International: Financing women candidates in Muslim countries

Conditions of financial dependency complicate women’s participation in politics and make the funding of political campaigns extremely hard.
In many Muslim countries, women are not financially independent and they have to rely on their husbands or male relatives, such as fathers and brothers, to provide for the family. In some Muslim countries, women are not even allowed to own land or property themselves.
Speaking to the experiences of women in the Muslim world, Shabnam Mallick, UNDP’s Arab States Program Advisor, mentions that most women candidates raise their money not through resources provided by governments or development agencies, but through personal funding networks such as family connections, traditional sources of community wealth, and social standing. (Expert Opinion, 2008) If a woman does not have her family’s support, it is very hard for her to cover campaign expenses by raising funds externally. Lack of financial means is cited as a key barrier for women seeking political leadership roles in Indonesia in the assessment of Women’s Political Party Programs conducted by the National Democratic Institute (NDI). The assessment points out the following:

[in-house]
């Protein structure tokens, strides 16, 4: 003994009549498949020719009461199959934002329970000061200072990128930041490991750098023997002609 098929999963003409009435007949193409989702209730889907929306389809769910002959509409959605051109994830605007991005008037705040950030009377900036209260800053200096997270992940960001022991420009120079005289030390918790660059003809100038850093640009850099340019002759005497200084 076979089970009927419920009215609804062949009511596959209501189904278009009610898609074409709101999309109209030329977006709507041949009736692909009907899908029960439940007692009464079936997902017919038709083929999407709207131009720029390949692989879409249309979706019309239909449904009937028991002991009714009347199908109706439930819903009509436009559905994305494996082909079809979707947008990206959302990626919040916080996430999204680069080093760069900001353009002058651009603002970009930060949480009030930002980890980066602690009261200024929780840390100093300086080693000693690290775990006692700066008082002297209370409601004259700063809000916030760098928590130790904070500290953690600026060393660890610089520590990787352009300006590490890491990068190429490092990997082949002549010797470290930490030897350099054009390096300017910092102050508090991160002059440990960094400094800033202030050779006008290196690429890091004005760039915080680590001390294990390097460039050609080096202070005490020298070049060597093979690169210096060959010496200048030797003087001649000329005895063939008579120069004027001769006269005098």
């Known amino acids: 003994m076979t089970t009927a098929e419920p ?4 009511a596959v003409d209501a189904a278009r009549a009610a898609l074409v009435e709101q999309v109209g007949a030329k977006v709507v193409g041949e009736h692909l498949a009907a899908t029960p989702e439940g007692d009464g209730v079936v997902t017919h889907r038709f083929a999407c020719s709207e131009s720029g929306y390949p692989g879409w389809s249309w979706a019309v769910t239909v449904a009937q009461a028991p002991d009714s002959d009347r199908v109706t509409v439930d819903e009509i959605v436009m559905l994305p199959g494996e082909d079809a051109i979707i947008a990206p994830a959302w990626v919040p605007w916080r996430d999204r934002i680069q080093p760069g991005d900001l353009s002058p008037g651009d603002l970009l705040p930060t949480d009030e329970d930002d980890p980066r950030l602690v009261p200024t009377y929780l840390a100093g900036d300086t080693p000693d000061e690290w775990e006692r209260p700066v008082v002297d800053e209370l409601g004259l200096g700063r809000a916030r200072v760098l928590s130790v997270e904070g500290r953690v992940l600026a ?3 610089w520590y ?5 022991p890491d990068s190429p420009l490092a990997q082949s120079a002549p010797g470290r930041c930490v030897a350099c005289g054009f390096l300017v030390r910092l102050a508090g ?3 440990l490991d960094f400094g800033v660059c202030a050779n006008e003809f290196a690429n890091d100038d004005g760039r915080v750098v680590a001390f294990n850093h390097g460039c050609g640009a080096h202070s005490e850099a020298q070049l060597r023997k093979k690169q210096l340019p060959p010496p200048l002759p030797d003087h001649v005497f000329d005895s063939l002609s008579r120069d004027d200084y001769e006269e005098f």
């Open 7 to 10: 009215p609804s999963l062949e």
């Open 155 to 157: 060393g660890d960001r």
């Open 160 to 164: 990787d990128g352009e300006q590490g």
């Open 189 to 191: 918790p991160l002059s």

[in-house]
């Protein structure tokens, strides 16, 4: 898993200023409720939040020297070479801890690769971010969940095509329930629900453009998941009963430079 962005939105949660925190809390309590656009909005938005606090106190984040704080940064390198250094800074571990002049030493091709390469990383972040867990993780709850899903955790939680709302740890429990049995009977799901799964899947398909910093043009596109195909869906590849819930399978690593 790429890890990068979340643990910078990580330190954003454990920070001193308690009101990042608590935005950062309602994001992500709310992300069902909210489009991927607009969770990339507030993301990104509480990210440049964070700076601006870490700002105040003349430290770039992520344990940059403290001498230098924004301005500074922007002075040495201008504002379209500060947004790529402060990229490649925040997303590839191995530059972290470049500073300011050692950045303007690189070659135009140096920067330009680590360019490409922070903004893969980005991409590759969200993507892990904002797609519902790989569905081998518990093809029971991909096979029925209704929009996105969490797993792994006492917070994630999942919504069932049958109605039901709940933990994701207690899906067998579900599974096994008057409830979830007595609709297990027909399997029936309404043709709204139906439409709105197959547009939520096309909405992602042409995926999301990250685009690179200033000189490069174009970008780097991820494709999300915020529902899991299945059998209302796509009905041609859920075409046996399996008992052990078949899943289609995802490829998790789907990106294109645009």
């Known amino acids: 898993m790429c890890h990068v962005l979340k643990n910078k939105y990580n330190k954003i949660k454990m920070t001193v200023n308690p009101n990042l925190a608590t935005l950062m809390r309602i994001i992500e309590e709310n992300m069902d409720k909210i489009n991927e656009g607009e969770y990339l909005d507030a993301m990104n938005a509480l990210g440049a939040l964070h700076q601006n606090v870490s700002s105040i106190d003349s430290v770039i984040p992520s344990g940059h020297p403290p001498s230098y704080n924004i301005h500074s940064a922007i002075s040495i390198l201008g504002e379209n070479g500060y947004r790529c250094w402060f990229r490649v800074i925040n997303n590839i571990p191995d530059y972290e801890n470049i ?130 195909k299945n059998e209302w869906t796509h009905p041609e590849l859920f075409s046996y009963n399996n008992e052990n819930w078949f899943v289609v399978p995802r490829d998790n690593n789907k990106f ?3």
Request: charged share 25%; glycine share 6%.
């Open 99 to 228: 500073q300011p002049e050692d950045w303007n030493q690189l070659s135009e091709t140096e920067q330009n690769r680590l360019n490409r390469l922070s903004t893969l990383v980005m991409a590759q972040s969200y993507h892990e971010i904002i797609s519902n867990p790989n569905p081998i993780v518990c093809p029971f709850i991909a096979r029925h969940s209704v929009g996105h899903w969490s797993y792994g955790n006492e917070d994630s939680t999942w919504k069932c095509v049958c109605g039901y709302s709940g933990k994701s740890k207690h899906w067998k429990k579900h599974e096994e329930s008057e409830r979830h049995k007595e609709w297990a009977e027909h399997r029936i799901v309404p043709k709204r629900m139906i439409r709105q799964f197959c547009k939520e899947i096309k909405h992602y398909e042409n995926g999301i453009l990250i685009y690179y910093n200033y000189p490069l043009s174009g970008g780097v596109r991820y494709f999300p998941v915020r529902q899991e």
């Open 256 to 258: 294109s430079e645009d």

“Even when a woman has some level of financial strength, she is often impeded by her socially subordinate role that may result in her husband’s refusal to support his wife’s political aspirations.” - (2008. p.48.) This consolidated response highlights barriers faced by women in Muslim countries in funding their political campaigns and participating in public life. The consolidated response also discusses the impact of existing legislation, political parties, women’s organizations and international institutions on women’s participation in politics in these countries and provides strategies to overcome it.

Read the full iknowpolitics report here: